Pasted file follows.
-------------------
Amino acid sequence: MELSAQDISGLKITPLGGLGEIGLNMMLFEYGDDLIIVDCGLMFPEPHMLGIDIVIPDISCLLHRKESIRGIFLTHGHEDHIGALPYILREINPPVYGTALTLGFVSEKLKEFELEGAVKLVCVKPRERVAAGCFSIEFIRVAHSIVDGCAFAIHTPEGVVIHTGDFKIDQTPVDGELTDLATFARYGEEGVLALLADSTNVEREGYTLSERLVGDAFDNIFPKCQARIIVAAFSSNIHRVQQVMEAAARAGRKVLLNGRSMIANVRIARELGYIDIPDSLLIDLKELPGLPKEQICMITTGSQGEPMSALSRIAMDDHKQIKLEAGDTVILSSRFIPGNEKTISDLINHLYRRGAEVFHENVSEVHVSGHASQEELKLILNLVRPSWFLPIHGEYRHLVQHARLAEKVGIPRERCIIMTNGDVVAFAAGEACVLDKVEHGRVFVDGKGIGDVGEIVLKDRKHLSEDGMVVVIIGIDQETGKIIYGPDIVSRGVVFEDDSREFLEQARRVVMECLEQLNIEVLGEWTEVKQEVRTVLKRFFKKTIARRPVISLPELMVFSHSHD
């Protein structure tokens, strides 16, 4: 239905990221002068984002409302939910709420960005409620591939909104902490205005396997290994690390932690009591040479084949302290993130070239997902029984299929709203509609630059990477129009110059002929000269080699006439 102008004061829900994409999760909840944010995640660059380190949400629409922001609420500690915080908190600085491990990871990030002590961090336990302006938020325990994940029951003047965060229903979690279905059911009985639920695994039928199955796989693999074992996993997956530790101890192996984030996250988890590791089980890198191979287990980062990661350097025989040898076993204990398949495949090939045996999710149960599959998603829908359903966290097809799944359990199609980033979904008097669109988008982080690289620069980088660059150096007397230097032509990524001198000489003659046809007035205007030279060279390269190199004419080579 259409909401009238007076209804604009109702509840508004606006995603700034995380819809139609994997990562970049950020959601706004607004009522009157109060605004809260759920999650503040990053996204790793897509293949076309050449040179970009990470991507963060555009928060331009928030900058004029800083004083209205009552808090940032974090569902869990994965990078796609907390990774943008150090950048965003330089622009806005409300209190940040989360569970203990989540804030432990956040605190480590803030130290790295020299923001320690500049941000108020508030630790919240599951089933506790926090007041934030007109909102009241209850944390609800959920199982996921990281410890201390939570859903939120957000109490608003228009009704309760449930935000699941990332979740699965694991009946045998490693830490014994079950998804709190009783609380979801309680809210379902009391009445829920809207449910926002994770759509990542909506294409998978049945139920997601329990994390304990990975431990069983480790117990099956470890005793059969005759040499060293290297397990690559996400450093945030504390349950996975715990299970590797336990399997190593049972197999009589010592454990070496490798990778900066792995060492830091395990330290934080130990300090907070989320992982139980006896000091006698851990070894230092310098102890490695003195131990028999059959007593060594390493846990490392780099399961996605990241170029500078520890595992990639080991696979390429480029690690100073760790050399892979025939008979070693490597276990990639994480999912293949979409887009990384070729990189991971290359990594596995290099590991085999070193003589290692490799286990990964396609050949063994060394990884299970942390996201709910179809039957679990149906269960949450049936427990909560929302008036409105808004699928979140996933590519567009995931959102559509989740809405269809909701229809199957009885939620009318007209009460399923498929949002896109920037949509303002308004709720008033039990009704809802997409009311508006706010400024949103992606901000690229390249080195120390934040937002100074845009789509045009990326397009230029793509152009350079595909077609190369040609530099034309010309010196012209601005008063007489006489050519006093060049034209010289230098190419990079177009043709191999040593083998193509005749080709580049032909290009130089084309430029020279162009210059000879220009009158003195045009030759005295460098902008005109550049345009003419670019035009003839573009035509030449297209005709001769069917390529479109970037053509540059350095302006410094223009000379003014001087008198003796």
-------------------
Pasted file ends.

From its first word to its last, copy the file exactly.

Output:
Amino acid sequence: MELSAQDISGLKITPLGGLGEIGLNMMLFEYGDDLIIVDCGLMFPEPHMLGIDIVIPDISCLLHRKESIRGIFLTHGHEDHIGALPYILREINPPVYGTALTLGFVSEKLKEFELEGAVKLVCVKPRERVAAGCFSIEFIRVAHSIVDGCAFAIHTPEGVVIHTGDFKIDQTPVDGELTDLATFARYGEEGVLALLADSTNVEREGYTLSERLVGDAFDNIFPKCQARIIVAAFSSNIHRVQQVMEAAARAGRKVLLNGRSMIANVRIARELGYIDIPDSLLIDLKELPGLPKEQICMITTGSQGEPMSALSRIAMDDHKQIKLEAGDTVILSSRFIPGNEKTISDLINHLYRRGAEVFHENVSEVHVSGHASQEELKLILNLVRPSWFLPIHGEYRHLVQHARLAEKVGIPRERCIIMTNGDVVAFAAGEACVLDKVEHGRVFVDGKGIGDVGEIVLKDRKHLSEDGMVVVIIGIDQETGKIIYGPDIVSRGVVFEDDSREFLEQARRVVMECLEQLNIEVLGEWTEVKQEVRTVLKRFFKKTIARRPVISLPELMVFSHSHD
């Protein structure tokens, strides 16, 4: 239905990221002068984002409302939910709420960005409620591939909104902490205005396997290994690390932690009591040479084949302290993130070239997902029984299929709203509609630059990477129009110059002929000269080699006439 102008004061829900994409999760909840944010995640660059380190949400629409922001609420500690915080908190600085491990990871990030002590961090336990302006938020325990994940029951003047965060229903979690279905059911009985639920695994039928199955796989693999074992996993997956530790101890192996984030996250988890590791089980890198191979287990980062990661350097025989040898076993204990398949495949090939045996999710149960599959998603829908359903966290097809799944359990199609980033979904008097669109988008982080690289620069980088660059150096007397230097032509990524001198000489003659046809007035205007030279060279390269190199004419080579 259409909401009238007076209804604009109702509840508004606006995603700034995380819809139609994997990562970049950020959601706004607004009522009157109060605004809260759920999650503040990053996204790793897509293949076309050449040179970009990470991507963060555009928060331009928030900058004029800083004083209205009552808090940032974090569902869990994965990078796609907390990774943008150090950048965003330089622009806005409300209190940040989360569970203990989540804030432990956040605190480590803030130290790295020299923001320690500049941000108020508030630790919240599951089933506790926090007041934030007109909102009241209850944390609800959920199982996921990281410890201390939570859903939120957000109490608003228009009704309760449930935000699941990332979740699965694991009946045998490693830490014994079950998804709190009783609380979801309680809210379902009391009445829920809207449910926002994770759509990542909506294409998978049945139920997601329990994390304990990975431990069983480790117990099956470890005793059969005759040499060293290297397990690559996400450093945030504390349950996975715990299970590797336990399997190593049972197999009589010592454990070496490798990778900066792995060492830091395990330290934080130990300090907070989320992982139980006896000091006698851990070894230092310098102890490695003195131990028999059959007593060594390493846990490392780099399961996605990241170029500078520890595992990639080991696979390429480029690690100073760790050399892979025939008979070693490597276990990639994480999912293949979409887009990384070729990189991971290359990594596995290099590991085999070193003589290692490799286990990964396609050949063994060394990884299970942390996201709910179809039957679990149906269960949450049936427990909560929302008036409105808004699928979140996933590519567009995931959102559509989740809405269809909701229809199957009885939620009318007209009460399923498929949002896109920037949509303002308004709720008033039990009704809802997409009311508006706010400024949103992606901000690229390249080195120390934040937002100074845009789509045009990326397009230029793509152009350079595909077609190369040609530099034309010309010196012209601005008063007489006489050519006093060049034209010289230098190419990079177009043709191999040593083998193509005749080709580049032909290009130089084309430029020279162009210059000879220009009158003195045009030759005295460098902008005109550049345009003419670019035009003839573009035509030449297209005709001769069917390529479109970037053509540059350095302006410094223009000379003014001087008198003796």